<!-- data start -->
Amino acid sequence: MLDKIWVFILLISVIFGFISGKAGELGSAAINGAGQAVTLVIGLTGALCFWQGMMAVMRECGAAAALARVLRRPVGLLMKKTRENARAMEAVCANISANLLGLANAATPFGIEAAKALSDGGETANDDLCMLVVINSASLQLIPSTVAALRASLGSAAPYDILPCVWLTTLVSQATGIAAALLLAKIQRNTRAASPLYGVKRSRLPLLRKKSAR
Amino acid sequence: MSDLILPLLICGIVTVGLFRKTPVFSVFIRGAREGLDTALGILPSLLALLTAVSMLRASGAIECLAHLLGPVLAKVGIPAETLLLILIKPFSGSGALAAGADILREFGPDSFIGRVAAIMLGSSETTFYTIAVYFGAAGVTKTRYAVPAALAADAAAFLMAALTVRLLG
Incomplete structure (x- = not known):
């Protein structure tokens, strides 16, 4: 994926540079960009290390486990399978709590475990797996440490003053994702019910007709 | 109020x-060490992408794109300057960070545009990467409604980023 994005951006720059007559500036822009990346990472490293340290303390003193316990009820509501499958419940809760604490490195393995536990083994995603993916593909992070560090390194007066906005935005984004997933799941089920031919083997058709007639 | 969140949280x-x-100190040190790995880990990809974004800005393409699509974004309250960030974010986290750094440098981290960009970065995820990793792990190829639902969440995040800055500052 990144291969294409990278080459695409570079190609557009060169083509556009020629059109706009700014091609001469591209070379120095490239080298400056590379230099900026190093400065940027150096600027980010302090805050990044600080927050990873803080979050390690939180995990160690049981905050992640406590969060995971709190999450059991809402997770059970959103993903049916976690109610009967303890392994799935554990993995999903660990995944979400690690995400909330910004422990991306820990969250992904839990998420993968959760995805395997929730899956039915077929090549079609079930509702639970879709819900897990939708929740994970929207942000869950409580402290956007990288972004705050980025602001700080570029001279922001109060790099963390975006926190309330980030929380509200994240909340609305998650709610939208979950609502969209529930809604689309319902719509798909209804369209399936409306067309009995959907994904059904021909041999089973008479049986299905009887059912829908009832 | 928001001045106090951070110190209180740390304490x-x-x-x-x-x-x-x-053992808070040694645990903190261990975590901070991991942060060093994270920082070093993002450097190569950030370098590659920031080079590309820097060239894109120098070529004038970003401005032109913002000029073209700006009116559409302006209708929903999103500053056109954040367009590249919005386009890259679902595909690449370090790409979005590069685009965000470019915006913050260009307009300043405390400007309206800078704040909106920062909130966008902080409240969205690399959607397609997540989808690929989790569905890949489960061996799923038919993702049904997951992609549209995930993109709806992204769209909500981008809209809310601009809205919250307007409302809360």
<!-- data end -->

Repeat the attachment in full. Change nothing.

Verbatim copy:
Amino acid sequence: MLDKIWVFILLISVIFGFISGKAGELGSAAINGAGQAVTLVIGLTGALCFWQGMMAVMRECGAAAALARVLRRPVGLLMKKTRENARAMEAVCANISANLLGLANAATPFGIEAAKALSDGGETANDDLCMLVVINSASLQLIPSTVAALRASLGSAAPYDILPCVWLTTLVSQATGIAAALLLAKIQRNTRAASPLYGVKRSRLPLLRKKSAR
Amino acid sequence: MSDLILPLLICGIVTVGLFRKTPVFSVFIRGAREGLDTALGILPSLLALLTAVSMLRASGAIECLAHLLGPVLAKVGIPAETLLLILIKPFSGSGALAAGADILREFGPDSFIGRVAAIMLGSSETTFYTIAVYFGAAGVTKTRYAVPAALAADAAAFLMAALTVRLLG
Incomplete structure (x- = not known):
């Protein structure tokens, strides 16, 4: 994926540079960009290390486990399978709590475990797996440490003053994702019910007709 | 109020x-060490992408794109300057960070545009990467409604980023 994005951006720059007559500036822009990346990472490293340290303390003193316990009820509501499958419940809760604490490195393995536990083994995603993916593909992070560090390194007066906005935005984004997933799941089920031919083997058709007639 | 969140949280x-x-100190040190790995880990990809974004800005393409699509974004309250960030974010986290750094440098981290960009970065995820990793792990190829639902969440995040800055500052 990144291969294409990278080459695409570079190609557009060169083509556009020629059109706009700014091609001469591209070379120095490239080298400056590379230099900026190093400065940027150096600027980010302090805050990044600080927050990873803080979050390690939180995990160690049981905050992640406590969060995971709190999450059991809402997770059970959103993903049916976690109610009967303890392994799935554990993995999903660990995944979400690690995400909330910004422990991306820990969250992904839990998420993968959760995805395997929730899956039915077929090549079609079930509702639970879709819900897990939708929740994970929207942000869950409580402290956007990288972004705050980025602001700080570029001279922001109060790099963390975006926190309330980030929380509200994240909340609305998650709610939208979950609502969209529930809604689309319902719509798909209804369209399936409306067309009995959907994904059904021909041999089973008479049986299905009887059912829908009832 | 928001001045106090951070110190209180740390304490x-x-x-x-x-x-x-x-053992808070040694645990903190261990975590901070991991942060060093994270920082070093993002450097190569950030370098590659920031080079590309820097060239894109120098070529004038970003401005032109913002000029073209700006009116559409302006209708929903999103500053056109954040367009590249919005386009890259679902595909690449370090790409979005590069685009965000470019915006913050260009307009300043405390400007309206800078704040909106920062909130966008902080409240969205690399959607397609997540989808690929989790569905890949489960061996799923038919993702049904997951992609549209995930993109709806992204769209909500981008809209809310601009809205919250307007409302809360």